The CII's new modular system of learning is good news all round, says Andy Cook

The CII conference last week was a curate's egg. The most pleasing aspect was the introduction of a simplified qualifications structure based on a modular system of learning that allows qualifications to become more portable.

With just three levels of qualification, everyone can be compared on an equal footing (see page 10).

The great benefit to the industry is that young professionals can avoid becoming too specialist, too early on in their careers. With the modular format, people can choose to specialise in, say, claims, but continue to take an interest in, say, liability underwriting. This means that if they fancy a change of direction later in life, the door is still open. And this, so the thinking goes, should help us retain people who want variety.

An added advantage is that this kind of skills transfer is refreshing. One can imagine entrenched underwriters, for instance, having their thinking challenged by someone from a different department. That can only be good.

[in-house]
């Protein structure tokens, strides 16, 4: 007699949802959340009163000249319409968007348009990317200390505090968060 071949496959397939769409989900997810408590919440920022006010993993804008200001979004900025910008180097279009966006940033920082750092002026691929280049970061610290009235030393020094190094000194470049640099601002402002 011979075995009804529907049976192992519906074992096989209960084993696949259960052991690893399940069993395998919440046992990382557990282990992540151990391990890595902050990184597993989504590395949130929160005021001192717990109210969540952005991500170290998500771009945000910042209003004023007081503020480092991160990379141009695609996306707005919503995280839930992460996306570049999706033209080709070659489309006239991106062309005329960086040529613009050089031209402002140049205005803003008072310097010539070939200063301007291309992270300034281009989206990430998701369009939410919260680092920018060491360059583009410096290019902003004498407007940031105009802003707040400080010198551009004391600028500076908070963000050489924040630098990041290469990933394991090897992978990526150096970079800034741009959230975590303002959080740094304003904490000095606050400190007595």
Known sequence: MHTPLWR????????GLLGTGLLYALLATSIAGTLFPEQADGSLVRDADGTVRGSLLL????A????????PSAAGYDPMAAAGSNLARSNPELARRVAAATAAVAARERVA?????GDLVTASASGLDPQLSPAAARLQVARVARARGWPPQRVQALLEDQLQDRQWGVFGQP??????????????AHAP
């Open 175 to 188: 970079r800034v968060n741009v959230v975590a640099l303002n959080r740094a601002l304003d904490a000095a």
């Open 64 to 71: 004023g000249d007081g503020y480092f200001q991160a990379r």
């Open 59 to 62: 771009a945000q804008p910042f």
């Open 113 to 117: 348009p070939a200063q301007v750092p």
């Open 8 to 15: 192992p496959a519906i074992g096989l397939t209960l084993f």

Another plus for the conference was the support of the new FSA chief executive John Tiner and many senior directors from within the industry.

On the minus side, the quality of breakout sessions was variable. And the debates didn't quite live up to their promising premises, with the arguments covering much of the same old ground on issues such as trust and image.

But on the whole, one can only congratulate Sandy Scott and his team for increasing the relevance and interest of the conference. It is a shame that more people can't seem to afford the time off these days to contribute.